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City budget open house set for Feb. 9

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Langley City taxpayers can expect to pay more for police and fire services as well as the salaries of unionized municipal employees in the coming year — nearly three per cent more on average.

On Monday night, the City presented its 2011 budget, which received first and second reading from council. It includes an average tax hike of 2.99 per cent to offset a net expenditure increase of just under $600,000 projected for the coming year.

If the budget passes as it is currently structured, the average homeowner will pay an additional 3.77 per cent or $92 for a detached home and 2.80 per cent or $34 for an average strata dwelling (condo or townhouse).

Businesses are looking at a larger increase, of $601 (4.92 per cent) on average, while taxes on light industrial property will rise by $1,207 (6.39 per cent).

Once again, the main drivers of the proposed tax increase are policing costs — which account for $9 million of the City's $38 million budget.

Salaries are another major component of the hike as the City's unionized staff are now entering the last year of a five-year contract negotiated in 2007, and will receive a four per cent pay increase in 2011.

Wages will account for $10 million — a $450,000 increase over last year.

Overtime pay within the fire department is also a significant cost pressure for the City, with call volumes having roughly doubled over the past several years. The fire department acts as first responder to medical emergencies which comprise roughly 70 per cent of the calls it receives.

The municipality is also looking at increased costs for garbage and recycling services as well as a rise in regional water and sewer rates in the coming year.

There are plans to add three new positions — two part-time and one full-time positions — at a total cost of $110,640.

Proceeds from Cascades Casino account for around $6 million in income for the City each year. However, because it is not considered a stable source of funding, that money is used for one-time capital expenditures, not for ongoing expenses, such as wages.

During Monday night's discussion, Councillor Dave Hall asked whether staff could be less conservative in their revenue projections for the year.

Year after year, said Hall, the City takes in more revenue than it has budgeted. Rather than place the surplus in a capital reserve, perhaps the money could be left in taxpayers' wallets, he suggested.

"Conceivably, in a year with $200,000 surplus, we could reduce taxes by one per cent."

Financial officer Darrin Leite explained the surplus would have to materialize year after year to avoid ending up in a deficit in the following year.

Hall also made reference to $100,000 in a tax stabilization fund.

"I consider that to be a contingency. What is it presently used for?" he asked.

Leite explained the money was placed in that fund years ago and serves to offset reductions in tax income when property owners successfully appeal their assessments.

The budget is set in January, based on current assessments, Leite explained. If assessments drop, it usually happens in April, after the year's budget has been adopted.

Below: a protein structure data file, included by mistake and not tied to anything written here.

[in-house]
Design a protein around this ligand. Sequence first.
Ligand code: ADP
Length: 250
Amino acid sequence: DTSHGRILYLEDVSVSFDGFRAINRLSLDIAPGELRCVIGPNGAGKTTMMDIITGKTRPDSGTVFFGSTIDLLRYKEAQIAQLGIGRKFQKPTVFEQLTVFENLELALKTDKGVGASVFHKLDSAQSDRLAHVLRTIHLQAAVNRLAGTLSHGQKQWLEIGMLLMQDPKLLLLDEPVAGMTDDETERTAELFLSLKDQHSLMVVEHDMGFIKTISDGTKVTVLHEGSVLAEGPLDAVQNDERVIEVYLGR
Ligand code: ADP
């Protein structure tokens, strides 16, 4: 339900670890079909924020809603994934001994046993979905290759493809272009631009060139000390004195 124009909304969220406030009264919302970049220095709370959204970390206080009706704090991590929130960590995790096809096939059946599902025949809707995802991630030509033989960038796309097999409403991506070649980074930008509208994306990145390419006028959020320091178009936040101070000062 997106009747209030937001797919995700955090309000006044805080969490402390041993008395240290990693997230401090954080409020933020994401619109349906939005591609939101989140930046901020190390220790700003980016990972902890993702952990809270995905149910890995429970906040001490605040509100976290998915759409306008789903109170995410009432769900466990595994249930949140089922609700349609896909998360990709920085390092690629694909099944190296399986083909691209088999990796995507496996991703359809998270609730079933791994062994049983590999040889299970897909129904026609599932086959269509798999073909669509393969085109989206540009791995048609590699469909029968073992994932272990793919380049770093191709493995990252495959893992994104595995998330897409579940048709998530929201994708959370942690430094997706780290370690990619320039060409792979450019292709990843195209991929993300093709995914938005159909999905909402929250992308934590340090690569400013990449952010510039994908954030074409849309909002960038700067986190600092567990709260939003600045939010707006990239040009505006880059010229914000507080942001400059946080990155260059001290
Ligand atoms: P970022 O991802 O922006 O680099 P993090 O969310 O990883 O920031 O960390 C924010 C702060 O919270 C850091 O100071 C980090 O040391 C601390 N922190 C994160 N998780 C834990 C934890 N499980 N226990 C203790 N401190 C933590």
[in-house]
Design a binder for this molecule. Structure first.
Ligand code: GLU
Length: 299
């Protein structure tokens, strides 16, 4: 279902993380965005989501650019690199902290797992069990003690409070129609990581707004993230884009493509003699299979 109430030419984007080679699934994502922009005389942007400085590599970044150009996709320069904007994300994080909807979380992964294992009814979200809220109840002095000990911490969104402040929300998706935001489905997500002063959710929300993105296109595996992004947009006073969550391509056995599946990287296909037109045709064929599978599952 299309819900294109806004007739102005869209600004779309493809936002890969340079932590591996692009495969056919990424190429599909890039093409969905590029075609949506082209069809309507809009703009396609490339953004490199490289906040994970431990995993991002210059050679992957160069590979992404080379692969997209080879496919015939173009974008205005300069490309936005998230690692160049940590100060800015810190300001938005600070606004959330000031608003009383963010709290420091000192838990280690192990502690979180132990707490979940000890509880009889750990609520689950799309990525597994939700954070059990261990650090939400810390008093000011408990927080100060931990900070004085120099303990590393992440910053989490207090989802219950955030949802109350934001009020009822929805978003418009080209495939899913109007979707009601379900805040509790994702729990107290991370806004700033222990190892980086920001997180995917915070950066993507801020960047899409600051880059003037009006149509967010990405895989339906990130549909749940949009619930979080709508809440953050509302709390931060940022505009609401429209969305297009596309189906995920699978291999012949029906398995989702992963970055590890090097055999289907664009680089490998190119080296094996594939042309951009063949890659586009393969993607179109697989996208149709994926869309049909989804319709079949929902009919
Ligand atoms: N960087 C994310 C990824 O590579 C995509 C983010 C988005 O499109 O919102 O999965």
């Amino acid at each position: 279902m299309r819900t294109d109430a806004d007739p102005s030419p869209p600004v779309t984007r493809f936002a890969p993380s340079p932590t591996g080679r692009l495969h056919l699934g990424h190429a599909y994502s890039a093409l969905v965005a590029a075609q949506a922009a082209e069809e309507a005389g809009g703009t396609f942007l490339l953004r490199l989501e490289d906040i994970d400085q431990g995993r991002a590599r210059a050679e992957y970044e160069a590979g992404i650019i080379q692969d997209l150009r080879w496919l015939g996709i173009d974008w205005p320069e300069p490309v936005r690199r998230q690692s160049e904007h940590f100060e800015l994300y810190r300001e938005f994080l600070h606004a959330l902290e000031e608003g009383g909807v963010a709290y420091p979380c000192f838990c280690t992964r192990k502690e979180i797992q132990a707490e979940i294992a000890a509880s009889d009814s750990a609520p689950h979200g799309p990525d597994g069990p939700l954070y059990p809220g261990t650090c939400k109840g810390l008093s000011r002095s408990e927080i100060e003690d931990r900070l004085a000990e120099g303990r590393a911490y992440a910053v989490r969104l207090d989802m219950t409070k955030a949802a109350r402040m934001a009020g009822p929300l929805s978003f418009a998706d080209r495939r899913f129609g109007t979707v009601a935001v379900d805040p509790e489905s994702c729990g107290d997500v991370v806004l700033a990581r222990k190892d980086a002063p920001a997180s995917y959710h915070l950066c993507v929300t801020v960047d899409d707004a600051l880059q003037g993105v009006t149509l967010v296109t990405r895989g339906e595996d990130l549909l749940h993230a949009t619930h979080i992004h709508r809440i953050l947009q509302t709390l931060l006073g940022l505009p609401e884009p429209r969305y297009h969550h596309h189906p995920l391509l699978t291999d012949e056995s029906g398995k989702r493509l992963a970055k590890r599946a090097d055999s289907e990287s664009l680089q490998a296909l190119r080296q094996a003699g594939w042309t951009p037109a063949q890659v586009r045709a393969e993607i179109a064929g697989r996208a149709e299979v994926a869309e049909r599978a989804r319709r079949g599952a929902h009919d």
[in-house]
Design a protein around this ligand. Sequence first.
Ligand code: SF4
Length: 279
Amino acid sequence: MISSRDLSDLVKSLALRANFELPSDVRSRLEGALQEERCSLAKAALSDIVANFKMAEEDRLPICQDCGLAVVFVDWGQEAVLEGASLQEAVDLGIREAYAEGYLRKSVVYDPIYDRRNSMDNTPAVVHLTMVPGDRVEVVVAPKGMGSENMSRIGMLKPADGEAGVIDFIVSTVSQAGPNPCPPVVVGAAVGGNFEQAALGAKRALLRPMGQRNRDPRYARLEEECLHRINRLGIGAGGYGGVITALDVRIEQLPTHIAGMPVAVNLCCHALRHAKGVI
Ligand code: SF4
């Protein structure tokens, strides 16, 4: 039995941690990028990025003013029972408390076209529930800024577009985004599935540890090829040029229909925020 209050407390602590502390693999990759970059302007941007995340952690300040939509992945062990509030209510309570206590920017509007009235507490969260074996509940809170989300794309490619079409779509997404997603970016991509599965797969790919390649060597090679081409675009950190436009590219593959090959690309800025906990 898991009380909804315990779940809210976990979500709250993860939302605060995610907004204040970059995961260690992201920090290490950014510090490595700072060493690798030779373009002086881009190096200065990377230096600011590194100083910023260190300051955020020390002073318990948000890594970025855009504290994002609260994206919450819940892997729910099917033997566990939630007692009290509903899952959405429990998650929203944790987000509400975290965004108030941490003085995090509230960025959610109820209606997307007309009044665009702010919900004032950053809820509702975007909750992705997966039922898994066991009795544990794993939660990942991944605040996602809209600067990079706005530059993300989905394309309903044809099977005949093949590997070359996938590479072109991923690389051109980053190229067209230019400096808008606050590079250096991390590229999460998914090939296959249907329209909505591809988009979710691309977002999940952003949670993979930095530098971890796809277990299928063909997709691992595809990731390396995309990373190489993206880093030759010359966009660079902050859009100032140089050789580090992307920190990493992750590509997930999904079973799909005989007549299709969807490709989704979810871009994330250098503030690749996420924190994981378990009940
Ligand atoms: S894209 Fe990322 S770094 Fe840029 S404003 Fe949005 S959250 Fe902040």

To date, the City has not had to draw on the fund, Leite said.

Council had asked staff to look at ways to reduce expenditures, but they were told the most that could be saved this year without cutting staff positions is $11,000.

The majority of that savings comes from issuing one newsletter per year instead of three. The public can access that information online at any time.

"We run a lean organization," said Langley CAO Francis Cheung.

"If we are going to make any more cuts, it will affect service."

In past years, the City has tried to cut costs by reducing such services as street sweeping of leaves in the fall, which led to clogged drains and complaints from residents. And at one time, the City hung flowered baskets and banners on every street pole, but in recent years, that number has been reduced by half.

"In terms of demand for services (City residents) expect similar to those in the Township and Surrey," said Cheung.

"Our challenge is to meet those expectations with the resources we have — to do more with less."

With little room to cut expenses, the City has looked for ways to raise more revenue. In addition to higher taxes, residents will pay $2 more for a dog licence, while reduced fines (those paid within a specified period) for parking violations in the City will climb from $15 to $25.

"It's very much a balancing act, with pressure points and demand for services," said Cheung.

"I think we've done a very good job this year."

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Langley City will host an open house on Wednedsday, Feb. 9 to present the municipality's proposed 2011 budget.

From 7 p.m. to 9 p.m. the public is invited to the Langley Community Music School at 4899 207 St. to look over the City's proposed spending and tax rate increases for the coming year.

In addition to tonight's open house, members of the public will be invited to speak at a Committee of the Whole on Monday, Feb. 21, prior to council's regular meeting, at which it is scheduled to give third reading of the bylaw.

Final adoption is expected to happen on Monday, March 7.

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